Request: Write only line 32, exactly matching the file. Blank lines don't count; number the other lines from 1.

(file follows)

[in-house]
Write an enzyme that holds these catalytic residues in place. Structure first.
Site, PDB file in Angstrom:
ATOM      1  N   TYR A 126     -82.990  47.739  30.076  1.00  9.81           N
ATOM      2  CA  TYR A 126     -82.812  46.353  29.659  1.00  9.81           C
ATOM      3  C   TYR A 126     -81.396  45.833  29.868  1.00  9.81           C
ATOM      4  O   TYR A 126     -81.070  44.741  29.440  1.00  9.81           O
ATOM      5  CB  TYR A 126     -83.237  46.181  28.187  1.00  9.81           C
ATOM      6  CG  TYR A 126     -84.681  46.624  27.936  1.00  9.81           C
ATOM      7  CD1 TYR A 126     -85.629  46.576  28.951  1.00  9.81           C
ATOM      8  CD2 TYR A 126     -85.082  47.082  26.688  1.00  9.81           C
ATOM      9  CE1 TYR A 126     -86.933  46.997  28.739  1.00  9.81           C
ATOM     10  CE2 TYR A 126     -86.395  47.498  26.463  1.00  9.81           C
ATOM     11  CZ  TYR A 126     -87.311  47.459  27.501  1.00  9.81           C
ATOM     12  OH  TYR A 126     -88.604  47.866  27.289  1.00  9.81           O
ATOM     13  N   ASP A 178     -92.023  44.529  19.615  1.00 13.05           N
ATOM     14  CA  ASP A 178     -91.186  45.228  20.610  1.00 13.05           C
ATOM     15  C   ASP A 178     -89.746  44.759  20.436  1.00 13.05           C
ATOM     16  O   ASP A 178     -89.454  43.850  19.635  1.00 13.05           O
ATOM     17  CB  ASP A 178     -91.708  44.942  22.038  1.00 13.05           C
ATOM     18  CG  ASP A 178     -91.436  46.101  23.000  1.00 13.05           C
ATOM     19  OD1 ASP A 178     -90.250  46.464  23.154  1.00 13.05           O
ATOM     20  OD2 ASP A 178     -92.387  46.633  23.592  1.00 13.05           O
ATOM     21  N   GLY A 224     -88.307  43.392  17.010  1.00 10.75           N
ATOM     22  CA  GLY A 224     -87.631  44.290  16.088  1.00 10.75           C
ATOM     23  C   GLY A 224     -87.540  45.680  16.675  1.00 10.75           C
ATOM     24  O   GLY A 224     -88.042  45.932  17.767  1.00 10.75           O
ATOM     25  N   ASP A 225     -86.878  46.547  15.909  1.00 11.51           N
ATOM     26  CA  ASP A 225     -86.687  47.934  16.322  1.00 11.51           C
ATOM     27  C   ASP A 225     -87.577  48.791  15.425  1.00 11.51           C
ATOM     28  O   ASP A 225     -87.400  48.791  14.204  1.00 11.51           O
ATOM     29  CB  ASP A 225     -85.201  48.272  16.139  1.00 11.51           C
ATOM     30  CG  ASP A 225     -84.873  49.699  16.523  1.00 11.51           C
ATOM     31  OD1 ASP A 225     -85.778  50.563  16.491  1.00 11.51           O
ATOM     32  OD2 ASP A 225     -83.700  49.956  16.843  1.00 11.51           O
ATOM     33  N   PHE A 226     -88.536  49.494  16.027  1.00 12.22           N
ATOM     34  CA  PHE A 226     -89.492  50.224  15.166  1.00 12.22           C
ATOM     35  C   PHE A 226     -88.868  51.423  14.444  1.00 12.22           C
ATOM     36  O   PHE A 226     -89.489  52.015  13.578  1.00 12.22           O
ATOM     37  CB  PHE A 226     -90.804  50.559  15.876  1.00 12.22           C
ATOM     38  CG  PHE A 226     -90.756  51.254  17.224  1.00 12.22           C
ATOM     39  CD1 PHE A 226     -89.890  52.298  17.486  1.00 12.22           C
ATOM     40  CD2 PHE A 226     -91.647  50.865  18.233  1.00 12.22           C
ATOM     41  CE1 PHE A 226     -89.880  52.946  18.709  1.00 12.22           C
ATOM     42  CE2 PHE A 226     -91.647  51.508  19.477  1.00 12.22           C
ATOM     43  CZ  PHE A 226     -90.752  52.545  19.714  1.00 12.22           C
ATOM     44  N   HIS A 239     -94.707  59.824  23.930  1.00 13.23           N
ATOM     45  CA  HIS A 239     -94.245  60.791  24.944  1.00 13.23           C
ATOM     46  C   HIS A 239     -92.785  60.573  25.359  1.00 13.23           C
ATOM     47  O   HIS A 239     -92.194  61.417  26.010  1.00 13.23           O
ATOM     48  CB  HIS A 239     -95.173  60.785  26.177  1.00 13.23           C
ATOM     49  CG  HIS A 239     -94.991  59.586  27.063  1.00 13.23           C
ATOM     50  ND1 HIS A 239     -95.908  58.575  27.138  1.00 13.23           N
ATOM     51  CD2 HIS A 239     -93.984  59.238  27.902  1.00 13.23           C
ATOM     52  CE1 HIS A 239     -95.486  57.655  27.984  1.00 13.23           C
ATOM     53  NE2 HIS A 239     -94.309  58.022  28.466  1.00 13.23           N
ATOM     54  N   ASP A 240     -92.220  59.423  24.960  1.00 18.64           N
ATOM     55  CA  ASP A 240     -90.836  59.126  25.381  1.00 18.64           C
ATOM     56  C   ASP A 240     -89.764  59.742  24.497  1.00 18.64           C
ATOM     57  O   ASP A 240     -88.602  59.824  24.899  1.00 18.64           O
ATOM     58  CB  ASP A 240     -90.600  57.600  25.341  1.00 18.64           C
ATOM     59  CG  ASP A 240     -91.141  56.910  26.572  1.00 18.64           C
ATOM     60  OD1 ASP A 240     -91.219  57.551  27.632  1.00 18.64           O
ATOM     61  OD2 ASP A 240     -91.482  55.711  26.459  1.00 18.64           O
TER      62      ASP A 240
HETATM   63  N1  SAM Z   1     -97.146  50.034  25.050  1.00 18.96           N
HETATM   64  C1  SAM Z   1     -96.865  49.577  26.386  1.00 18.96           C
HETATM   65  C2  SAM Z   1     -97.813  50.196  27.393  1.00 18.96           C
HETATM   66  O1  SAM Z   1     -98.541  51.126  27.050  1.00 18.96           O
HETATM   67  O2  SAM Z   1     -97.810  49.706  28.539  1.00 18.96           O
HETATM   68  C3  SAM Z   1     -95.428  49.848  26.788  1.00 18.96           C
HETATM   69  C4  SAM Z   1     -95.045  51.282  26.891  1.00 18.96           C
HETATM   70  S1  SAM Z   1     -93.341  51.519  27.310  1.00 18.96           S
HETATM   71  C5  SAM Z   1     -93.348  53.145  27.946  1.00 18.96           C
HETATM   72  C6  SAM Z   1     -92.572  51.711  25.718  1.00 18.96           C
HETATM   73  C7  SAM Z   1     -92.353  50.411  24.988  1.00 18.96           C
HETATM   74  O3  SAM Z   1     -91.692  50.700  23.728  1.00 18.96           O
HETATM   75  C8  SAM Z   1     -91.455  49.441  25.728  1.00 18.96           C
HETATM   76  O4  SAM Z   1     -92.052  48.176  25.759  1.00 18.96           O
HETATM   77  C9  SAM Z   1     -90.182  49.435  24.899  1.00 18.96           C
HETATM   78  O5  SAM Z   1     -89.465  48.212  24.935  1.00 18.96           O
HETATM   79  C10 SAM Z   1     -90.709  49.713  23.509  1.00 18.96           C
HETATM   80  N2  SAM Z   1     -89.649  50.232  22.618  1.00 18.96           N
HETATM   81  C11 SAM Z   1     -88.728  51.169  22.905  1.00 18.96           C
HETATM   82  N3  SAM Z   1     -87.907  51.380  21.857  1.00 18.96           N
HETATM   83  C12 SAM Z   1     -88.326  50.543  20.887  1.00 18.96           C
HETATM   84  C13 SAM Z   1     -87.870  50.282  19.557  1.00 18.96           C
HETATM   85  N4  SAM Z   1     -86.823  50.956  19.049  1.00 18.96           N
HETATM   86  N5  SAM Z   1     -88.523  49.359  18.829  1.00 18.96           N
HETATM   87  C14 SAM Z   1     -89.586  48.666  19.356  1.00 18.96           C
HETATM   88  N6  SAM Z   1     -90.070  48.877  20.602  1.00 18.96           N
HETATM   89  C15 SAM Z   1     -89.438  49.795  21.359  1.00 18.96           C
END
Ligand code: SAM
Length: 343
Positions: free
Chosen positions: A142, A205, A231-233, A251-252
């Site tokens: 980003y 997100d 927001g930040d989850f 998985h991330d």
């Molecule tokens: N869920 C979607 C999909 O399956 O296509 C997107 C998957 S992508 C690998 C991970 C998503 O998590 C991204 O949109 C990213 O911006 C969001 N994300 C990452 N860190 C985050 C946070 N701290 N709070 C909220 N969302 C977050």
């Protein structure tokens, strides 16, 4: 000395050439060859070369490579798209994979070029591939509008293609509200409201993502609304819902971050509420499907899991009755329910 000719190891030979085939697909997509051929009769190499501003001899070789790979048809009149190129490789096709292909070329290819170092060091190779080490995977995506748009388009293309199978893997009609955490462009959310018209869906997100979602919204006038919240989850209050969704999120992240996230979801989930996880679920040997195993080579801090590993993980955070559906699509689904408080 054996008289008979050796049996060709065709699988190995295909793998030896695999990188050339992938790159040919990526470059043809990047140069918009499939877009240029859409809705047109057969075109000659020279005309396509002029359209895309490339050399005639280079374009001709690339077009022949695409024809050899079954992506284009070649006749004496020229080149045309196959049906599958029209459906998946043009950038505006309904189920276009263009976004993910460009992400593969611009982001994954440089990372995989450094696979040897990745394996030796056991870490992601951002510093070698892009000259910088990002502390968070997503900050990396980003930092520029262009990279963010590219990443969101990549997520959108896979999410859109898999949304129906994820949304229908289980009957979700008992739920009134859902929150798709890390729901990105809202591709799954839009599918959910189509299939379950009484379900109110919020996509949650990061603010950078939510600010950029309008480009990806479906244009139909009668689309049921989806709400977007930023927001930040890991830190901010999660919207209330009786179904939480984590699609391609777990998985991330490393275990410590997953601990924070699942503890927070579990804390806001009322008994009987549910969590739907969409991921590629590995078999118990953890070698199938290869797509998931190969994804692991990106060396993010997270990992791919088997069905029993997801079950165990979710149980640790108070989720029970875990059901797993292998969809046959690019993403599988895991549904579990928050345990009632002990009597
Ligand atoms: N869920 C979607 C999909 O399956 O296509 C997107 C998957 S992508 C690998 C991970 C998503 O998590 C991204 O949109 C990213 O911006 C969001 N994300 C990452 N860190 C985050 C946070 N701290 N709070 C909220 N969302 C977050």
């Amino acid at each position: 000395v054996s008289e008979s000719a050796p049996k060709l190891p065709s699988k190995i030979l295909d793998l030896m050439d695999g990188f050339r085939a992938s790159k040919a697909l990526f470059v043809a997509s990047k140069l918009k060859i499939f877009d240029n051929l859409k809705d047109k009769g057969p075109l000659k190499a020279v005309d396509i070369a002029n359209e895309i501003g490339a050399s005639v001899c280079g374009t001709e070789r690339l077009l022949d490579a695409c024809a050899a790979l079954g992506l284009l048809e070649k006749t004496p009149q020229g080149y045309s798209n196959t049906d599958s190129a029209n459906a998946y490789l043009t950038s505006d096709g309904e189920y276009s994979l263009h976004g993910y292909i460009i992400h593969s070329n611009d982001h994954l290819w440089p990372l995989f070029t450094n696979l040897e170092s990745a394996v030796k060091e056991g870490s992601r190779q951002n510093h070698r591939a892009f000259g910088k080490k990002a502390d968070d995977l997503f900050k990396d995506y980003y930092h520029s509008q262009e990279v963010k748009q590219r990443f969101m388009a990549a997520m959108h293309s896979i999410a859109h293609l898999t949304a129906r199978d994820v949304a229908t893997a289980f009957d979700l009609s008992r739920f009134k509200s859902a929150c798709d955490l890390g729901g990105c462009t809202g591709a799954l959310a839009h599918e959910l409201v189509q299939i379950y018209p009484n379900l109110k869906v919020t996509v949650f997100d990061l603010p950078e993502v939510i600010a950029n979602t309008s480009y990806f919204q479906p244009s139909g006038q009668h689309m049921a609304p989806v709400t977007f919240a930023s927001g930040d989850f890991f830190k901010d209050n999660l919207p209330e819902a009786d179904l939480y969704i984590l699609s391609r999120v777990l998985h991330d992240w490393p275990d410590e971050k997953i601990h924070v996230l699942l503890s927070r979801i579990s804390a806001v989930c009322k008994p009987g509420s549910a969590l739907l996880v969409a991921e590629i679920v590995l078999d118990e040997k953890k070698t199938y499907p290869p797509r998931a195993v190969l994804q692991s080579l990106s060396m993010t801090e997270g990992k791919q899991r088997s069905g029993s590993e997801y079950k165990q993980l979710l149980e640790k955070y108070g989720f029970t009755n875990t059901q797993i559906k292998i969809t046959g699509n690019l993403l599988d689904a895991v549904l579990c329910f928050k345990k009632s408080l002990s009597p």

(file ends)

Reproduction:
ATOM     29  CB  ASP A 225     -85.201  48.272  16.139  1.00 11.51           C